"But it isn't," we protested, "denationalized. What can be more intensely Italian than an Italian opera is anywhere?"
"You're right," the reader owned, as the reader always must, if honest, in dealing with the writer. "It is the operatic audience, not the opera, which is denationalized when the opera becomes universal. We are all Italians here to-night. I only wish we were in our native land, listening to this musical peal of ghostly laughter from the past."
The reader was silent a moment while the vast house buzzed and murmured and babbled from floor to roof. Perhaps the general note of the conversation, if it could have been tested, would have been found voluntary rather than spontaneous; but the sound was gay, and there could be no question of the splendor of the sight. We may decry our own almost as much as we please, but there is a point where we must cease to depreciate ourselves; even for the sake of evincing our superiority to our possessions, we must not undervalue some of them. One of these is the Metropolitan Opera House, where the pride of wealth, the vanity of fashion, the beauty of youth, and the taste and love of music fill its mighty cup to the brim in the proportions that they bear to one another in the community. Wherever else we fail of our ideal, there we surely realize it on terms peculiarly our own. Subjectively the scene is intensely responsive to the New York spirit, and objectively it is most expressive of the American character in that certain surface effect of thin brilliancy which remains with the spectator the most memorable expression of its physiognomy.
No doubt something like this was in the reader's mind when he resumed, with a sigh: "It's rather pathetic how much more magnificently Italian opera has always been circumstanced in exile than at home. It had to emigrate in order to better its fortunes; it could soon be better seen if not heard outside of Italy than in its native country. It was only where it could be purely conventional as well as ideal that it could achieve its greatest triumphs. It had to make a hard fight for its primacy among the amusements that flatter the pride as well as charm the sense. You remember how the correspondents of Mr. Spectator wrote to him in scorn of the affected taste of 'the town' when the town in London first began to forsake the theatre and to go to the opera?"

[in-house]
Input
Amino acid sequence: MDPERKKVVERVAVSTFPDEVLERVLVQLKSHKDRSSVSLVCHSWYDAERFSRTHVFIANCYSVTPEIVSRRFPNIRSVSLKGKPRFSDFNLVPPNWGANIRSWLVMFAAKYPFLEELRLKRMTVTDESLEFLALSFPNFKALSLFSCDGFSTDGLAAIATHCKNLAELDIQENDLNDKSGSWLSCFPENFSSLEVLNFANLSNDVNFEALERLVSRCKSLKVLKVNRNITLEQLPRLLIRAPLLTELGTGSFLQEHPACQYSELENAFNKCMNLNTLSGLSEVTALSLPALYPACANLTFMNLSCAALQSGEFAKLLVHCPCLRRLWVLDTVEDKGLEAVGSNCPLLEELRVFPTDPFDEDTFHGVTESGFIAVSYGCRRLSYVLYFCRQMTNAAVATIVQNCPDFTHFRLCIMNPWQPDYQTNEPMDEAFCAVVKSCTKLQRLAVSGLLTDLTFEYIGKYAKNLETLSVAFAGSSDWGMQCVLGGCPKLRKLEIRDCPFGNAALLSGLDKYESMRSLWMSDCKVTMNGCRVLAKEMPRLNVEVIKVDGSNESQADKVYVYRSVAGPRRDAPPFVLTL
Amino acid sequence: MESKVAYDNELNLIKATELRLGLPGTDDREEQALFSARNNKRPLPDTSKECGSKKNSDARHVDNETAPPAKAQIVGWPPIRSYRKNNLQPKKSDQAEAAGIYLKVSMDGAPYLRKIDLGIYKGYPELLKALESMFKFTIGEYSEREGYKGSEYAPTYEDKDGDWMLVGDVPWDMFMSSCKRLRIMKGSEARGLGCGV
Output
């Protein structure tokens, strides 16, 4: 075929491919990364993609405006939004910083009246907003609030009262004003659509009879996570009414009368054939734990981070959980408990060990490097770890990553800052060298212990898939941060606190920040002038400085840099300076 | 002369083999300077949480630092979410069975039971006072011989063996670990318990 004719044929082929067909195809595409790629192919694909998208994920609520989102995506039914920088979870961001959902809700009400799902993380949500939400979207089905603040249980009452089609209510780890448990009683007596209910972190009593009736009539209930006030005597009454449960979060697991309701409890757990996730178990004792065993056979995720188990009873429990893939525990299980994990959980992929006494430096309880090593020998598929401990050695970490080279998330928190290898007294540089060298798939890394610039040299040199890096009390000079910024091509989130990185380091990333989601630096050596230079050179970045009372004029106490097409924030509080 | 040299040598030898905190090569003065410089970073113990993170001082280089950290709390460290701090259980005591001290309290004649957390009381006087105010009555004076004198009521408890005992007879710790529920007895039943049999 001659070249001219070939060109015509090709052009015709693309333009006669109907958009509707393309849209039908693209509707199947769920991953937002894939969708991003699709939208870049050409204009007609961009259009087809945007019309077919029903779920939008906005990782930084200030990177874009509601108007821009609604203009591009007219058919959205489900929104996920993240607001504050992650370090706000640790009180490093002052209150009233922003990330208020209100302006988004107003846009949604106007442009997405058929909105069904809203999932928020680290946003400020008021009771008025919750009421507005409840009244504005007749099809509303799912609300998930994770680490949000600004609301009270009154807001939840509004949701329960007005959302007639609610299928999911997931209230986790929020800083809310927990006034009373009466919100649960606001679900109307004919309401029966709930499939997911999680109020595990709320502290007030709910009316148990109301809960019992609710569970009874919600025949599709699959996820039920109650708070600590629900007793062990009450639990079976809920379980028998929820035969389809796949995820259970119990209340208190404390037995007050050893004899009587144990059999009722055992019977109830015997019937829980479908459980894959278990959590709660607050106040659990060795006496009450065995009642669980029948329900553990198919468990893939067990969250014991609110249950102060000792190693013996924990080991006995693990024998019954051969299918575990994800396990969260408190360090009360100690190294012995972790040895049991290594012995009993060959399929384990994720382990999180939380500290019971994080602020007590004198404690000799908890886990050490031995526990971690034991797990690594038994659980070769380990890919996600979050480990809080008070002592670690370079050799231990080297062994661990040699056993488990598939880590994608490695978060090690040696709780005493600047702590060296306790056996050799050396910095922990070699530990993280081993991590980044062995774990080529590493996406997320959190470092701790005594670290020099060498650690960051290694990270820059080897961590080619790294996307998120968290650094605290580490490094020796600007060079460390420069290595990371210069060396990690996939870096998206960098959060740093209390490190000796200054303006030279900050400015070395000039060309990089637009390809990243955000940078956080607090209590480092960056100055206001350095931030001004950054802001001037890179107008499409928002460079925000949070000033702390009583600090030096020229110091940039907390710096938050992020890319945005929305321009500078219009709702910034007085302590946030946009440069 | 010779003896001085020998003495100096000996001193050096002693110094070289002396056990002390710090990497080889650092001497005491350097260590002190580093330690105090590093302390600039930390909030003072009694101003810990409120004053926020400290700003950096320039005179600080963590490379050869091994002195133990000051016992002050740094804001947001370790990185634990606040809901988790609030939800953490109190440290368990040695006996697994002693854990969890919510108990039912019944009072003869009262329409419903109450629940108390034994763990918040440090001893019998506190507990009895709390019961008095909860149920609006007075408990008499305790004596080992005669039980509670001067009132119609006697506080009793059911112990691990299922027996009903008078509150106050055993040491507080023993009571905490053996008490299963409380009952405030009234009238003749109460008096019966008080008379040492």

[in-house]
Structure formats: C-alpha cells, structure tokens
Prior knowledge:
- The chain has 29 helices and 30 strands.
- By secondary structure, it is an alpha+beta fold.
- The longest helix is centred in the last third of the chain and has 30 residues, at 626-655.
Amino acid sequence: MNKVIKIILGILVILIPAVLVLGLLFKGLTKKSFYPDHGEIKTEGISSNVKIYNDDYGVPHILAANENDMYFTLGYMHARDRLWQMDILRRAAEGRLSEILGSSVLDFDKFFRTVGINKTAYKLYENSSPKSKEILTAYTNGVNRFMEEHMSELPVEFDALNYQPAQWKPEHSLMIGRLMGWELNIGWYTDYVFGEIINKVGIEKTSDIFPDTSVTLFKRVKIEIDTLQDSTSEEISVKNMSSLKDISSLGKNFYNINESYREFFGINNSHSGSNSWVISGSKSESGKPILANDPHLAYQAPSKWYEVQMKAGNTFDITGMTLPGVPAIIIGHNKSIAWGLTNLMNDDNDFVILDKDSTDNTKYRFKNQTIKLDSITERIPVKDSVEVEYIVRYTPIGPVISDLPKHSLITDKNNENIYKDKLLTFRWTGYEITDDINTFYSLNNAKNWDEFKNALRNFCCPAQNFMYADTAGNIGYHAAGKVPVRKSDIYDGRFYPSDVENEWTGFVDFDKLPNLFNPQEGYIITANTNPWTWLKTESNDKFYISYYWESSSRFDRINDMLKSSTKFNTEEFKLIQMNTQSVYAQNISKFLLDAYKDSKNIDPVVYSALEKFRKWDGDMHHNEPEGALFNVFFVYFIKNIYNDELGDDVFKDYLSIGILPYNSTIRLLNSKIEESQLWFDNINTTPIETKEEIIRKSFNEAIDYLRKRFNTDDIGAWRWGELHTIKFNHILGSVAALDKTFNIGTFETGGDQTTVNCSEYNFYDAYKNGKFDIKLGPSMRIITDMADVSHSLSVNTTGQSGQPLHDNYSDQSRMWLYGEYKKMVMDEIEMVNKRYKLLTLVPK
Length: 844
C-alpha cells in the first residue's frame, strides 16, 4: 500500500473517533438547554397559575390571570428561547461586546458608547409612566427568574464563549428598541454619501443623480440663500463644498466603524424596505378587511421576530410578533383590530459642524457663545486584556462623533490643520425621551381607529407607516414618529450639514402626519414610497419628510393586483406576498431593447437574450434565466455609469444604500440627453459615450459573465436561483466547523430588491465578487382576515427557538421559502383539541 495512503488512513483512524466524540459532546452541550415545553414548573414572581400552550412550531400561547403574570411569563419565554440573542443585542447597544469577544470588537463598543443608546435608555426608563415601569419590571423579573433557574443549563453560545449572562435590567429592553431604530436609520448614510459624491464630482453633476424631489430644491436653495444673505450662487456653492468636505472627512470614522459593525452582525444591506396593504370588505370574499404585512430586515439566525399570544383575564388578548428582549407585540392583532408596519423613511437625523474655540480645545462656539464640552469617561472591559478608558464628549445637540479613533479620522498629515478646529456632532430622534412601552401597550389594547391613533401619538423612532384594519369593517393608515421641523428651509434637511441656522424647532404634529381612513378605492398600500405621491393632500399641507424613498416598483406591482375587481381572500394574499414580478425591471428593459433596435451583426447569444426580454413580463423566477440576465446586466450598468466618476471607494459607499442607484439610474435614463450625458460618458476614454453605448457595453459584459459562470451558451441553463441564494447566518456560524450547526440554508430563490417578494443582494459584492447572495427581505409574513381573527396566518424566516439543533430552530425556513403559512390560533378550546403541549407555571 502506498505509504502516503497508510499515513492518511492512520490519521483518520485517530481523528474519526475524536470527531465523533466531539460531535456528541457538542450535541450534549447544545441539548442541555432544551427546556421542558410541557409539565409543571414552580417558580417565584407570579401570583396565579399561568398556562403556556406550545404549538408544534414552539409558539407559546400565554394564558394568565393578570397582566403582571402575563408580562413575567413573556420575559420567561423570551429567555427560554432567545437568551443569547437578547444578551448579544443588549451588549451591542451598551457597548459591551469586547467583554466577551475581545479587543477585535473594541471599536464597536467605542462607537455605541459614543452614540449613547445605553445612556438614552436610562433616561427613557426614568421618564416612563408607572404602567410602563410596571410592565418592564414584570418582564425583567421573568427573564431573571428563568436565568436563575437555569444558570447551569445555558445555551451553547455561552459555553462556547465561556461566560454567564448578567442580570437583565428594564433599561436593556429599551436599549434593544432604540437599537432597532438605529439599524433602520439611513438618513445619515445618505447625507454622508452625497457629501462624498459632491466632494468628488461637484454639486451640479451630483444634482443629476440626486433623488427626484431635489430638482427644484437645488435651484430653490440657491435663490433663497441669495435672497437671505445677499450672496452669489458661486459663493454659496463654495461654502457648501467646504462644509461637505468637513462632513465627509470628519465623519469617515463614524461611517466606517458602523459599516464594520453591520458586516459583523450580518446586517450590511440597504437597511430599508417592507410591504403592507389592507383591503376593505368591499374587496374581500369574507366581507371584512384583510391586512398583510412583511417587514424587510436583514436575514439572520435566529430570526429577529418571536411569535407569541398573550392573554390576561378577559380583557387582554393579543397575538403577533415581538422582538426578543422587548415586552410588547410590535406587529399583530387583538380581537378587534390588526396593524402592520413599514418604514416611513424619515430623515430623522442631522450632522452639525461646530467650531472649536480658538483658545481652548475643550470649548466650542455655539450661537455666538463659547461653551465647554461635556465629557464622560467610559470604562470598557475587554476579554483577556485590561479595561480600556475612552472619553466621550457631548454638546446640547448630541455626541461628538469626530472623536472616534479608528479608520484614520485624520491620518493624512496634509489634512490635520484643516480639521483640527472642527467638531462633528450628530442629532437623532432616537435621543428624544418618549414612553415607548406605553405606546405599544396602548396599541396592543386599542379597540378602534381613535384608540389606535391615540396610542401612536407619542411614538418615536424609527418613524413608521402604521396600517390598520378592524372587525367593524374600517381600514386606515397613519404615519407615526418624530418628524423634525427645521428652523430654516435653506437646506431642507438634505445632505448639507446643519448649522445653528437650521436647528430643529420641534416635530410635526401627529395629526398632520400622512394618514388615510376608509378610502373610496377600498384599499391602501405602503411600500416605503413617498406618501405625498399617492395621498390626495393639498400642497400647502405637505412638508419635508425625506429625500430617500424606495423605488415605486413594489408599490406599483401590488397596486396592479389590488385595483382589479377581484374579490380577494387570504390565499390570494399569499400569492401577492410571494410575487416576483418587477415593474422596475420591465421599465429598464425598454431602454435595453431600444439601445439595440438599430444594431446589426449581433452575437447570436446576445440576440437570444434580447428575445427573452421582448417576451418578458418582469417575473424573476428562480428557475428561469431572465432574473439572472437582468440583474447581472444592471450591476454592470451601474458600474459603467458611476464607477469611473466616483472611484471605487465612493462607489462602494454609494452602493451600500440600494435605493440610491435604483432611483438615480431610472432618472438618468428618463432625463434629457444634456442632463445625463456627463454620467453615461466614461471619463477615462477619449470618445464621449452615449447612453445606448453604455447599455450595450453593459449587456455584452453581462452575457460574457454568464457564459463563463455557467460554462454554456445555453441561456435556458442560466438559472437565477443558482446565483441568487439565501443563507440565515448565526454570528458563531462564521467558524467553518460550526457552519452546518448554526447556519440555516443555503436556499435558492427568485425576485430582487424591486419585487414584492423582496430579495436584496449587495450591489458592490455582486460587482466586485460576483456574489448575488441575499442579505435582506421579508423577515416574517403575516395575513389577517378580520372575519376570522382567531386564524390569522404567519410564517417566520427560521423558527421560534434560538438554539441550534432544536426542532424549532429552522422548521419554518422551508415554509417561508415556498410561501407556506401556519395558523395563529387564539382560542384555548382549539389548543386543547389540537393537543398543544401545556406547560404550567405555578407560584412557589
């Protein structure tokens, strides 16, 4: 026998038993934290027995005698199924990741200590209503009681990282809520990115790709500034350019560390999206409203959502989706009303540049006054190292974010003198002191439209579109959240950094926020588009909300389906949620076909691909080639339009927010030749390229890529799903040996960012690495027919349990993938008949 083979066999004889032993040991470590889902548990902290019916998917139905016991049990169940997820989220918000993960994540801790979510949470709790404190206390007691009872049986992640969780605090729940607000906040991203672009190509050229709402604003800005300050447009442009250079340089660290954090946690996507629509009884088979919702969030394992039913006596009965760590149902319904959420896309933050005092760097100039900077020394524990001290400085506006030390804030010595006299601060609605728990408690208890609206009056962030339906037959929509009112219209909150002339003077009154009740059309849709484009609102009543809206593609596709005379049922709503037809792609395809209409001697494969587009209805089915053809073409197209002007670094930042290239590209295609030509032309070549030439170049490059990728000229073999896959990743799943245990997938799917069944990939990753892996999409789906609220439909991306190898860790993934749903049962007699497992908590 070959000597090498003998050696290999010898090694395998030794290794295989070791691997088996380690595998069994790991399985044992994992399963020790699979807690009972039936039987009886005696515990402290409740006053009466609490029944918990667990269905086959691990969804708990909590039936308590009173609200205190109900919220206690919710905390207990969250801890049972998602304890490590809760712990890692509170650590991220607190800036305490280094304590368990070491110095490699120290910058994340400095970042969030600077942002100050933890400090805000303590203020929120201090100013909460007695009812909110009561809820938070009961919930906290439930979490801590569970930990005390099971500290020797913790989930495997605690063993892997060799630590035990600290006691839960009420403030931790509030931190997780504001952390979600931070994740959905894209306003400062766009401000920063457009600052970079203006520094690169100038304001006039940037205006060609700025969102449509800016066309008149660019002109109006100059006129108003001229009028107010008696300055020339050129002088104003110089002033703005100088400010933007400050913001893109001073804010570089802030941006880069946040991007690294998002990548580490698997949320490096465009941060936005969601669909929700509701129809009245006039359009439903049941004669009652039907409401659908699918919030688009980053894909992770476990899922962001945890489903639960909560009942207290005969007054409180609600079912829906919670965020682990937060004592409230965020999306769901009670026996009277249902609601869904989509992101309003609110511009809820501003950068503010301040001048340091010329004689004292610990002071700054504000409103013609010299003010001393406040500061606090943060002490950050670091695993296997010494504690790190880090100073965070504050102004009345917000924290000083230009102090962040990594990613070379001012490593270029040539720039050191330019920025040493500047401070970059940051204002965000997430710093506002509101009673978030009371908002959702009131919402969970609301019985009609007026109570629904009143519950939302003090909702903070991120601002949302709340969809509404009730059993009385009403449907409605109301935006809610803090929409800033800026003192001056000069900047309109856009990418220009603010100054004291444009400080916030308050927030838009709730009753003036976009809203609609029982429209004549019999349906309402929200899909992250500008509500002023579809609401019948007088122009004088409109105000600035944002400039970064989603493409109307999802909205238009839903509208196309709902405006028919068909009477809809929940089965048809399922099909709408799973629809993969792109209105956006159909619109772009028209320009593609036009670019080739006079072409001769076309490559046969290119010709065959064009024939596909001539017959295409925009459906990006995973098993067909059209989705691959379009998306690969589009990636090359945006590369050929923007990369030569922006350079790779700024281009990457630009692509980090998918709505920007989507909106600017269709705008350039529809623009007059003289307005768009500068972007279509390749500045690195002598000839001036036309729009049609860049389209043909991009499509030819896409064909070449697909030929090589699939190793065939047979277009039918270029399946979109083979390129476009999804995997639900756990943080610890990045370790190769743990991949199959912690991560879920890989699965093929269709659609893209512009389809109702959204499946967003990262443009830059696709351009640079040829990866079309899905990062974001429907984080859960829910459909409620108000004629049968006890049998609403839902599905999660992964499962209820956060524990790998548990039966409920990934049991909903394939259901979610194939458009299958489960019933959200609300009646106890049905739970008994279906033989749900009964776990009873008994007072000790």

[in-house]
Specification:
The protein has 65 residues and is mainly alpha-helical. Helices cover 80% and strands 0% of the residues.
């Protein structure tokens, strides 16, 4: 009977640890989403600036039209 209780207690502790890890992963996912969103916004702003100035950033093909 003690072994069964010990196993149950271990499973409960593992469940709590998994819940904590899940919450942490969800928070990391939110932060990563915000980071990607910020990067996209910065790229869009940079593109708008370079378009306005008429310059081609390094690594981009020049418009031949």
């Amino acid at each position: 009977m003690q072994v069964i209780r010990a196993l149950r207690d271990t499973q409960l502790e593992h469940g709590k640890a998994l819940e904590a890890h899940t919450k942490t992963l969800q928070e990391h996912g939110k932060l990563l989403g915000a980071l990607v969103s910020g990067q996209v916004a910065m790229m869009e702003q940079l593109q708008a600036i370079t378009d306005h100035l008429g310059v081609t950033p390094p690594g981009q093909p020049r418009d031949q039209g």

"Yes, they were very severe on the town for pretending to a pleasure imparted in a language it could not understand a word of. They had all the reason on their side, and they needed it; but the opera is independent of reason, and the town felt that for its own part it could dispense with reason, too. The town can always do that. It would not go seriously or constantly to English opera, though ever so much invited to do so, for all the reasons, especially the patriotic reasons. Isn't it strange, by-the-way, how English opera is a fashion, while Italian opera remains a passion? We had it at its best, didn't we, in the Gilbert and Sullivan operas, which were the most charming things in the world; but they charmed only for a while, and it may be doubted whether they ever greatly charmed the town. The manager of the Metropolitan replaces German with Italian opera, and finds his account in it, but could he find his account in it if he put on 'The Mikado' instead of 'L'Elisir d'Amore'? If he did so, the town would not be here. Why?"
The reader did not try to answer at once. He seemed to be thinking, but perhaps he was not; other readers may judge from his reply, which, when it came, was this: "There seems to be something eternally as well as universally pleasing in Italian opera; but what the thing is, or how much of a thing it is, I wouldn't undertake to say. Possibly the fault of English opera is its actuality. It seizes upon a contemporaneous mood or fad, and satirizes it; but the Italian opera at its lightest deals with a principle of human nature, and it is never satirical; it needn't be, for it is as independent of the morals as of the reasons. It isn't obliged, by the terms of its existence, to teach, any more than it is obliged to convince. It's the most absolute thing in the world; and from its unnatural height it can stoop at will in moments of enrapturing naturalness without ever losing poise. Wasn't that delightful where Caruso hesitated about his encore, and then, with a shrug and a waft of his left hand to the house, went off in order to come back and give his aria with more effect? That was a touch of naturalness not in the scheme of the opera."